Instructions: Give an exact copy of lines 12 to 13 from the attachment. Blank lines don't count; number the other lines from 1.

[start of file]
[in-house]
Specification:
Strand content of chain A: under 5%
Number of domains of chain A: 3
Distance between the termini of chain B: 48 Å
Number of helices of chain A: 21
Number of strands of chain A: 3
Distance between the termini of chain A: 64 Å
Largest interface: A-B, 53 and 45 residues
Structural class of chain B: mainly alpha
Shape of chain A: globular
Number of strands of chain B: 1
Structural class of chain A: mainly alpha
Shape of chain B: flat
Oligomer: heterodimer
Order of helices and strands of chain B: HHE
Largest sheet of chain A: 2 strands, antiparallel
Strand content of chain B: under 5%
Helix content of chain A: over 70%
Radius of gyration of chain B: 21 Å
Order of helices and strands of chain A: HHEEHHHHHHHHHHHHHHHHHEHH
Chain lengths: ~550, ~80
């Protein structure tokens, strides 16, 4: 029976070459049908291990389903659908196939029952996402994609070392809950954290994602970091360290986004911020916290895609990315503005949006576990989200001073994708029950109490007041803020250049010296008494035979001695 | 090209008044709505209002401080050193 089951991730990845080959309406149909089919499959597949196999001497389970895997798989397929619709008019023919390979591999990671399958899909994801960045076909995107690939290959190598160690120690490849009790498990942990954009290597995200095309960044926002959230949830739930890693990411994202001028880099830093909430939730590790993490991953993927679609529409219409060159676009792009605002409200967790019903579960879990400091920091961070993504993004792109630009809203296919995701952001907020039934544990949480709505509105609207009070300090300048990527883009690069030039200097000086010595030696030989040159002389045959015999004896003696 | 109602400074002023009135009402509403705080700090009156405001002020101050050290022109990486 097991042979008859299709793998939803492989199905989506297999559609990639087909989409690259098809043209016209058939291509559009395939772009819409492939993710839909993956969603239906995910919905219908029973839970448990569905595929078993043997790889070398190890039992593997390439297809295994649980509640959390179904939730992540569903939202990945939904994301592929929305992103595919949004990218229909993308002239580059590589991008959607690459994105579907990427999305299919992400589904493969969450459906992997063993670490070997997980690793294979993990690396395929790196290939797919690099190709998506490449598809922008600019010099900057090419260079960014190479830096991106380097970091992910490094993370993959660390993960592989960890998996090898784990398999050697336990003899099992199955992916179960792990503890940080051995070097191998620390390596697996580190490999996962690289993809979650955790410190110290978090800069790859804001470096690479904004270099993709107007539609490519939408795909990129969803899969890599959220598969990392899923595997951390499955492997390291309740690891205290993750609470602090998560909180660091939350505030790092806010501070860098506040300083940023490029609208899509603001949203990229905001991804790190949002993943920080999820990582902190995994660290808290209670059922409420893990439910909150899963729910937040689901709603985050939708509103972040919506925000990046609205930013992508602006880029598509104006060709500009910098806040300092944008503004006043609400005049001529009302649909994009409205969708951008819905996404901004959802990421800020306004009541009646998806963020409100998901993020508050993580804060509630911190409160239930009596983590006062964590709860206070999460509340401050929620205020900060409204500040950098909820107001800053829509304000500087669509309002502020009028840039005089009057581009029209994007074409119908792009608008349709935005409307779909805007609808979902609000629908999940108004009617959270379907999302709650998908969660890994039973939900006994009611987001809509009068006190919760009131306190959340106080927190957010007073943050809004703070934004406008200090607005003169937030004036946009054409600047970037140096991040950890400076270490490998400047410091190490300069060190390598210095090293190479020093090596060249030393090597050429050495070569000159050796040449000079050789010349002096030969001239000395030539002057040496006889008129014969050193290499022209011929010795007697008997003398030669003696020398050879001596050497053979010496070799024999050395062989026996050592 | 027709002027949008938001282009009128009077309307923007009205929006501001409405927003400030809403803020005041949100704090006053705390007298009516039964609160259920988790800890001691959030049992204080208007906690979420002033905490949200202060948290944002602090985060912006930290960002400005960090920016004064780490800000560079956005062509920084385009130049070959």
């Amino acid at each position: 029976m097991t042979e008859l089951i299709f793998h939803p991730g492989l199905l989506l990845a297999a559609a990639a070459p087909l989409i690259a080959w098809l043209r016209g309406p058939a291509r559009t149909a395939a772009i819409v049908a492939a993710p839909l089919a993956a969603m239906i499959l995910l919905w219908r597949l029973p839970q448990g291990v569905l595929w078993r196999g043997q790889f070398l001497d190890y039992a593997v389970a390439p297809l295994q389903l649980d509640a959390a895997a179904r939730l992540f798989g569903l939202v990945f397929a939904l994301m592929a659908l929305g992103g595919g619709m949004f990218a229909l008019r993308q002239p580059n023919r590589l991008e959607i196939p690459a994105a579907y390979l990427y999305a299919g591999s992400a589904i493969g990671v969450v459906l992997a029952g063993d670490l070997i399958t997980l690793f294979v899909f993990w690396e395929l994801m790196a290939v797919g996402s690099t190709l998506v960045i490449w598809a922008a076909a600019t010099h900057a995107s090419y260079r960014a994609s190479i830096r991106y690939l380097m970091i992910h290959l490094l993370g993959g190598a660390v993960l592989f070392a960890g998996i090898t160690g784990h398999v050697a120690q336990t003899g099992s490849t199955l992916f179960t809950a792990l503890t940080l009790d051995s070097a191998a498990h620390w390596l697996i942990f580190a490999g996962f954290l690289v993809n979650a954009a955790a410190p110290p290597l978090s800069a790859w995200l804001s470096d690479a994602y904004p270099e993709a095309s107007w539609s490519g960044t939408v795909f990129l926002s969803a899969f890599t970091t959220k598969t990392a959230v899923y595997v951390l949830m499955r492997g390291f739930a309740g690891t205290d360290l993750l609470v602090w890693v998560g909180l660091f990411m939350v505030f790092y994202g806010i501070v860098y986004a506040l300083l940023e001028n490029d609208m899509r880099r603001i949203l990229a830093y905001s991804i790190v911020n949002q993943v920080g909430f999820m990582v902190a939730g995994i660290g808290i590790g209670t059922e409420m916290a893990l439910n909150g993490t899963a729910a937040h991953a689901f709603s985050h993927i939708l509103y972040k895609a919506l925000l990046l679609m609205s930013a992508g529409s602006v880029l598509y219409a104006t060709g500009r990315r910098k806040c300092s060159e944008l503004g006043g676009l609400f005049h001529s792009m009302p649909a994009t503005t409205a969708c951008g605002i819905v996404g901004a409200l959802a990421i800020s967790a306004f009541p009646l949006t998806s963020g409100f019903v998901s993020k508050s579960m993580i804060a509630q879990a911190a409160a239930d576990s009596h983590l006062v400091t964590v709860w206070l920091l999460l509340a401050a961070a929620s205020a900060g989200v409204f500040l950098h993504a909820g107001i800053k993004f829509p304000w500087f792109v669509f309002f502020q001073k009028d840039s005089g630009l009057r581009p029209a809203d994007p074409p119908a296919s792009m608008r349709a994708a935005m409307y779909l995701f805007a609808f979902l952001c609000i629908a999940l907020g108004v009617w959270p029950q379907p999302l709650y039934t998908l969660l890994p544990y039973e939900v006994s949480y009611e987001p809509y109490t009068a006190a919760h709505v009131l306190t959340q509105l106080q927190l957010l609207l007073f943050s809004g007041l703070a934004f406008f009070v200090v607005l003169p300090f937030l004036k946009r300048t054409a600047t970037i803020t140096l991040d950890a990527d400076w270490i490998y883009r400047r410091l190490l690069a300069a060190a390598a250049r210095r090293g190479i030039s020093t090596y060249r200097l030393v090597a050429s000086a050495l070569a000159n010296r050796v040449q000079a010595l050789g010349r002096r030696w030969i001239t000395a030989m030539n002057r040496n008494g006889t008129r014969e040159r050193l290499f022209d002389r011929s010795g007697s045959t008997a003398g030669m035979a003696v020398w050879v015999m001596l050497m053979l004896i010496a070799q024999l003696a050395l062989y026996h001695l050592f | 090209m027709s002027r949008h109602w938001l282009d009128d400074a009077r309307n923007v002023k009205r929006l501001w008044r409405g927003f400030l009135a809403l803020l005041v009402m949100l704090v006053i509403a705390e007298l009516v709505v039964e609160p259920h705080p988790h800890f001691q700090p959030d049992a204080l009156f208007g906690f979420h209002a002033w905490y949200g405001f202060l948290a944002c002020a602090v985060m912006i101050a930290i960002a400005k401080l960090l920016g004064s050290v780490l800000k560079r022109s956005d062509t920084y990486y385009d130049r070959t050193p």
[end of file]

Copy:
Number of strands of chain B: 1
Structural class of chain A: mainly alpha